If I had known the words ‘corrupt’ and ‘decadent’ then I would have used them to describe it. As I looked at the faces of those people, at the eyes behind the masks and the strange smiles, the suggestion of figures in windows, figures in shadows, I shuddered. I felt uneasy. I felt afraid.

Immediately after finishing Breathing Underwater, I found myself desperate to read something with a lot more ‘oomph!’ to it. That book was The Man in the Picture by Susan Hill, who is most known for penning her famous classic, The Woman in Black.

The Man in the Picture is mainly narrated by a young man named Oliver, a former Cambridge student who is visiting his old tutor, Theo Parmitter. One evening, the old man brings to Oliver’s attention an old Venetian painting hanging on the wall, and begins to tell him the strange and unsettling tale of how he acquired it. As the story unfolds, the painting’s malevolence begins to take hold, ensnaring anyone drawn to it.
For a novella only 145 pages long, this was a solid slow-build of ghost story, though not as chilling as I thought it would be. I did not sleep with the lights on after reading it (I’m looking at you, Jeanette Winterson of The Times) nor did I have any problem going to the bathroom by myself in the middle of the night, which is my standard gauge for measuring how frightening a book or a film is. It’s still one hell of a sinister, atmospheric tale. If you enjoy ghost stories in the tradition of M.R. James, then you’ll eat this up like I did.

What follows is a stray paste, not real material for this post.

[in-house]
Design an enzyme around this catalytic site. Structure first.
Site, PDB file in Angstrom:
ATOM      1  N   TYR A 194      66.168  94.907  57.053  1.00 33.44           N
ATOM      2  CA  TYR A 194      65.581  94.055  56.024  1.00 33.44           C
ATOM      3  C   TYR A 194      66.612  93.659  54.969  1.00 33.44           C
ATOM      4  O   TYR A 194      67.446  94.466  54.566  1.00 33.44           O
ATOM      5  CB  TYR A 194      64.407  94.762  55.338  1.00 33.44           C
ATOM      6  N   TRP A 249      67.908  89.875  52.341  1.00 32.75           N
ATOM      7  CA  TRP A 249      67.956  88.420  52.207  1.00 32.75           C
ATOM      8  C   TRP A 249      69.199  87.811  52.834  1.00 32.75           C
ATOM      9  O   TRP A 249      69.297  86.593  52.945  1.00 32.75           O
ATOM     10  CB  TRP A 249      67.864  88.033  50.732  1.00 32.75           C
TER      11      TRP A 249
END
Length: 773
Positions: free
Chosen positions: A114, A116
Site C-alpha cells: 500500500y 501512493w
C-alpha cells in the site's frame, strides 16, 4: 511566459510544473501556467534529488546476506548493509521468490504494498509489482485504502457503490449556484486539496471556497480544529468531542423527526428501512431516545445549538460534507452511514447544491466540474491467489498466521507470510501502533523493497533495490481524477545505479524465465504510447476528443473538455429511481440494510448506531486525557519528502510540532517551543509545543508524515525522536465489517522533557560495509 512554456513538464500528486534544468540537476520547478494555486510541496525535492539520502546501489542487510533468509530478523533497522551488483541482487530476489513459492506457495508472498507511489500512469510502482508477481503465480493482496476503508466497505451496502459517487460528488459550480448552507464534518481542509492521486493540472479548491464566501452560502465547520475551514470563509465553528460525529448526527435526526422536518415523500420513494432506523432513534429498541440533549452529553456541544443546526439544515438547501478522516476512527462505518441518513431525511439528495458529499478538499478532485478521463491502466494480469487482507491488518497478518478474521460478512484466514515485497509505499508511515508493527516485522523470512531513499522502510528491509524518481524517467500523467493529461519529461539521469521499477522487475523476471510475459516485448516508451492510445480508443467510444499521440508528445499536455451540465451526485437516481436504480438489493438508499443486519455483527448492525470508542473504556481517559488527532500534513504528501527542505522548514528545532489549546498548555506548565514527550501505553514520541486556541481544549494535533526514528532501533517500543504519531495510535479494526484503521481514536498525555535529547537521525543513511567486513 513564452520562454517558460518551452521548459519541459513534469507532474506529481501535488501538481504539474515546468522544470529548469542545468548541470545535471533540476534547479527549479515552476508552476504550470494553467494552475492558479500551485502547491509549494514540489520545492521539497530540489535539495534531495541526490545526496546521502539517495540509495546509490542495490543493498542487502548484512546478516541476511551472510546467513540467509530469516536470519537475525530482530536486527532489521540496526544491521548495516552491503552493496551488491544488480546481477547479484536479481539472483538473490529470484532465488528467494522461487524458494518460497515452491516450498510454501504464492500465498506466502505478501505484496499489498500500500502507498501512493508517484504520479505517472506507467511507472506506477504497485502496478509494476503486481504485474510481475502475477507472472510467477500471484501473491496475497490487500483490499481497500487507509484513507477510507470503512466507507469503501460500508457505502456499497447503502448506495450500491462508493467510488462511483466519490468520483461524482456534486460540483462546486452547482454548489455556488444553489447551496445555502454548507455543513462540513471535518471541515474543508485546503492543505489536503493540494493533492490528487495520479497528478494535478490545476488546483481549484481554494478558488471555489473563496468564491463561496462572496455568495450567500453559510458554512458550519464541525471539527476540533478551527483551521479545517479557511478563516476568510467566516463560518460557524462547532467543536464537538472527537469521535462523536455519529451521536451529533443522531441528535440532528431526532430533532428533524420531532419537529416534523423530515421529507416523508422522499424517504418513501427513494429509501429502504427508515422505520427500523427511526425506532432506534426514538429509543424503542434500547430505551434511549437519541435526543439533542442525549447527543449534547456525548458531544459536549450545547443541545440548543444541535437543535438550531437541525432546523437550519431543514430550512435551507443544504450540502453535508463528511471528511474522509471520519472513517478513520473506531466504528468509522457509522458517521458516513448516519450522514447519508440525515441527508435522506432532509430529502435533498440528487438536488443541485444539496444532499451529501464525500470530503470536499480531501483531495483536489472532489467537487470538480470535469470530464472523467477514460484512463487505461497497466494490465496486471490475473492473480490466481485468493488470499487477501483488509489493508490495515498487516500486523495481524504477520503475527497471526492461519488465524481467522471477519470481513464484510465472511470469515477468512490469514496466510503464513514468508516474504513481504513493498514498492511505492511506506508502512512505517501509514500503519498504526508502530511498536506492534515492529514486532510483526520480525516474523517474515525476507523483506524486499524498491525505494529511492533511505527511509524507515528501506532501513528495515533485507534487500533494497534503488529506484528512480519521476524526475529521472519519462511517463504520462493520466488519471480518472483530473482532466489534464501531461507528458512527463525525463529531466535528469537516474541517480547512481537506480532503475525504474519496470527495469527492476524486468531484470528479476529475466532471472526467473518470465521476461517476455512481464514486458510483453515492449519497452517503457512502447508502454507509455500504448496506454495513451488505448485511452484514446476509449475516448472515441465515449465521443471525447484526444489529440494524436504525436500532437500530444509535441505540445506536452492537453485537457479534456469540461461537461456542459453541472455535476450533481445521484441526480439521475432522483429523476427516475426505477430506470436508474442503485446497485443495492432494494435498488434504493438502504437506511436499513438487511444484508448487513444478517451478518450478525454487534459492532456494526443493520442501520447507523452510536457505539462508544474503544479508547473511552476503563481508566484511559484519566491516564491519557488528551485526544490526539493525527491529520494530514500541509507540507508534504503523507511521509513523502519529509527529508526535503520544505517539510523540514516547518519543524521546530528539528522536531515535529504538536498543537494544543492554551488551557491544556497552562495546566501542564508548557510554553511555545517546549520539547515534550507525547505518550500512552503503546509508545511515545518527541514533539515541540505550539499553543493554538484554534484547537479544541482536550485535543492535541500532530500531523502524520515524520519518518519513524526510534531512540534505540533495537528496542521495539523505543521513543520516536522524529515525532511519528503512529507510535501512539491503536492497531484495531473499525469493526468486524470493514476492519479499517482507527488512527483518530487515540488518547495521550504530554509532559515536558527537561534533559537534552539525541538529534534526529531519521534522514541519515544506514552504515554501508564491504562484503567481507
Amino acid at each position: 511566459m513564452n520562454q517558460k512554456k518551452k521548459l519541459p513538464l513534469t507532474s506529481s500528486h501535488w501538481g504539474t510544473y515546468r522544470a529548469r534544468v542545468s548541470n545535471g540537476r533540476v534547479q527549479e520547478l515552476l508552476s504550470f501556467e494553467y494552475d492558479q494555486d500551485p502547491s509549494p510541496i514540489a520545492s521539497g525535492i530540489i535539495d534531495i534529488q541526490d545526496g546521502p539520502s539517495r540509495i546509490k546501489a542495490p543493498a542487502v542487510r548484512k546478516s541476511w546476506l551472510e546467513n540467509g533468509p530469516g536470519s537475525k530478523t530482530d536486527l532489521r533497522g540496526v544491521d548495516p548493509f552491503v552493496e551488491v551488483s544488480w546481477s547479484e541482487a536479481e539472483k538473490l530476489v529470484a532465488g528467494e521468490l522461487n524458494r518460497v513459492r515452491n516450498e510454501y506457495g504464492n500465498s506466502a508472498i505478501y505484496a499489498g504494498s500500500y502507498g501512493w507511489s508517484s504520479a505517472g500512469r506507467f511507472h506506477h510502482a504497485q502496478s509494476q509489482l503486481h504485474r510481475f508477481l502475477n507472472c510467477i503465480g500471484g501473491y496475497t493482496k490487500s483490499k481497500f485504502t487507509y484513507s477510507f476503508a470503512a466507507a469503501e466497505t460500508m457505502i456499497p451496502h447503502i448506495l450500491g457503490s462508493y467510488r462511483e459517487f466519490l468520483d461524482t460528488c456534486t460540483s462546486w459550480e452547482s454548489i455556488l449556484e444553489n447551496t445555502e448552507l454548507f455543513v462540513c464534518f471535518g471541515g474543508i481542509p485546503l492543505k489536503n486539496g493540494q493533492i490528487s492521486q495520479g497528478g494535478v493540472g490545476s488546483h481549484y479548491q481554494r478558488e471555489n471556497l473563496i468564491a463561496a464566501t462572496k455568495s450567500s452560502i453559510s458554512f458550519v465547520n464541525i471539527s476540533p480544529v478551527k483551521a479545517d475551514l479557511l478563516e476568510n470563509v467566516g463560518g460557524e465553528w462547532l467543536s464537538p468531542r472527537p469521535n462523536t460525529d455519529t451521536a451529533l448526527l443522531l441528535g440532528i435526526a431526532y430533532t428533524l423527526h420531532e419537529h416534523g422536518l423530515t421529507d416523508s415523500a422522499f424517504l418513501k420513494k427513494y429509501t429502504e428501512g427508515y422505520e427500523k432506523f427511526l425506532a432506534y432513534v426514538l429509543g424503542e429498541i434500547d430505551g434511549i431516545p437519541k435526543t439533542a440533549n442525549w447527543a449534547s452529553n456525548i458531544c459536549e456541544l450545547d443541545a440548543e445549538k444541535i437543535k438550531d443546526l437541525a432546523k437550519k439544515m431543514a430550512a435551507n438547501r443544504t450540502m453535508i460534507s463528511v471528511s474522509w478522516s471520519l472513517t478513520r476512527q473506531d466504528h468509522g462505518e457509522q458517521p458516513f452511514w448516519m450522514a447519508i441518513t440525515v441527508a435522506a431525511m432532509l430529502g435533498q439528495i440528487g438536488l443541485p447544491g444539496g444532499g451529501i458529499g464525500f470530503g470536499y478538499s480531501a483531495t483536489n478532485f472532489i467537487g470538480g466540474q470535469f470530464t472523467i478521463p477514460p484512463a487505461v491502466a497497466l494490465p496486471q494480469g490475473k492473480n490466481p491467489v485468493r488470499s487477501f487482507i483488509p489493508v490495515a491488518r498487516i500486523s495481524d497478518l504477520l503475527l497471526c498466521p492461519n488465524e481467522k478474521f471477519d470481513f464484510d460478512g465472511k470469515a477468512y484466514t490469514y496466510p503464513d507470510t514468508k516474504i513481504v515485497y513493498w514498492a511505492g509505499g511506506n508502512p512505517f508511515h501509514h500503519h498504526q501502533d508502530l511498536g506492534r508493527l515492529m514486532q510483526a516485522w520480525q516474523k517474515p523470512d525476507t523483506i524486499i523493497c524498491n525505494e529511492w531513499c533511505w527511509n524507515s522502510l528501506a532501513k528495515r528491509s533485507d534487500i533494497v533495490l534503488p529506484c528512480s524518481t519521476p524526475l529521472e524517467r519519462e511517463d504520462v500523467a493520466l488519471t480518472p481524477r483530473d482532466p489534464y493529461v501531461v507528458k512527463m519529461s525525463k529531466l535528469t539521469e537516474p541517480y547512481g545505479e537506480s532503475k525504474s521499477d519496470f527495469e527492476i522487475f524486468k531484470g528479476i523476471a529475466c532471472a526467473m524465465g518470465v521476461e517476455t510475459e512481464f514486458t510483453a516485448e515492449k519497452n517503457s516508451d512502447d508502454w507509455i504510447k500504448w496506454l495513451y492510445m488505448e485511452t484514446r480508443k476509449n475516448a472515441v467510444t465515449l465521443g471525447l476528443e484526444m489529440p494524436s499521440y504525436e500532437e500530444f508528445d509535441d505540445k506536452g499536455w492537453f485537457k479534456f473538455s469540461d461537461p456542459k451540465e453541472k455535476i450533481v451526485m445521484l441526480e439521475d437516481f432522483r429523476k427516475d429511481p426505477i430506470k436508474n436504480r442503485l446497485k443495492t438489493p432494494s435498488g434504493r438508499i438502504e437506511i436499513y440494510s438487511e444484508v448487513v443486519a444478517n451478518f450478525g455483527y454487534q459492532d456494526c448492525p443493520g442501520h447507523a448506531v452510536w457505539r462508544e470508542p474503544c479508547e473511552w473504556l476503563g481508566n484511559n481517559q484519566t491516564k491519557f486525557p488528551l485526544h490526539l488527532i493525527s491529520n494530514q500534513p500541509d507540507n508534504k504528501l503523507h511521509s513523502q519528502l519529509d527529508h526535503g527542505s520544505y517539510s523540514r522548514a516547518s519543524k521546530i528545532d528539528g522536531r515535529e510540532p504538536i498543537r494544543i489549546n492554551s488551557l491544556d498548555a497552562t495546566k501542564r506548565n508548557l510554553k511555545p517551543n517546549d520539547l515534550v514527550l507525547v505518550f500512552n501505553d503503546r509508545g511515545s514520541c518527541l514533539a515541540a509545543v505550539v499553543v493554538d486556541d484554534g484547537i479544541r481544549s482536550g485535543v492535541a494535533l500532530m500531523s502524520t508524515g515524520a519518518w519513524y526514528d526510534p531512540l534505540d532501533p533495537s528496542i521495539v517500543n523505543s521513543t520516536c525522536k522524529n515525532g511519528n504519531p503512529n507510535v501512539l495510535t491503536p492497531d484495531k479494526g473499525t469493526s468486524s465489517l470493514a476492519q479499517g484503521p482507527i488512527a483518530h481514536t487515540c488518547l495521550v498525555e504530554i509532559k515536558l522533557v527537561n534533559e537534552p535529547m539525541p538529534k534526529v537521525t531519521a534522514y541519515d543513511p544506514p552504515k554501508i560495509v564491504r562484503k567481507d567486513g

The Upstairs Room by Kate Murray-Browne

They were on the top floor. Eleanor began to feel slightly peculiar here – it was almost airless, as if they were too far from the central nervous system of the house. There was only one room he hadn’t shown them. Michael stopped with his hand on the door and said, “OK, so you’re gonna need to use your imagination with this one.” He stumbled; there seemed to be a little resistance from somewhere and then the door gave and swung open too fast.
Inside, the walls were covered in writing – a child’s writing. The name ‘EMILY’ appeared again and again in capitals, sometimes very small, sometimes huge, covering almost all of the white. There were frantic scribbles – large clouds of line – and faces: dwindling to pointy chins with tiny dash like mouths and enormous eyes.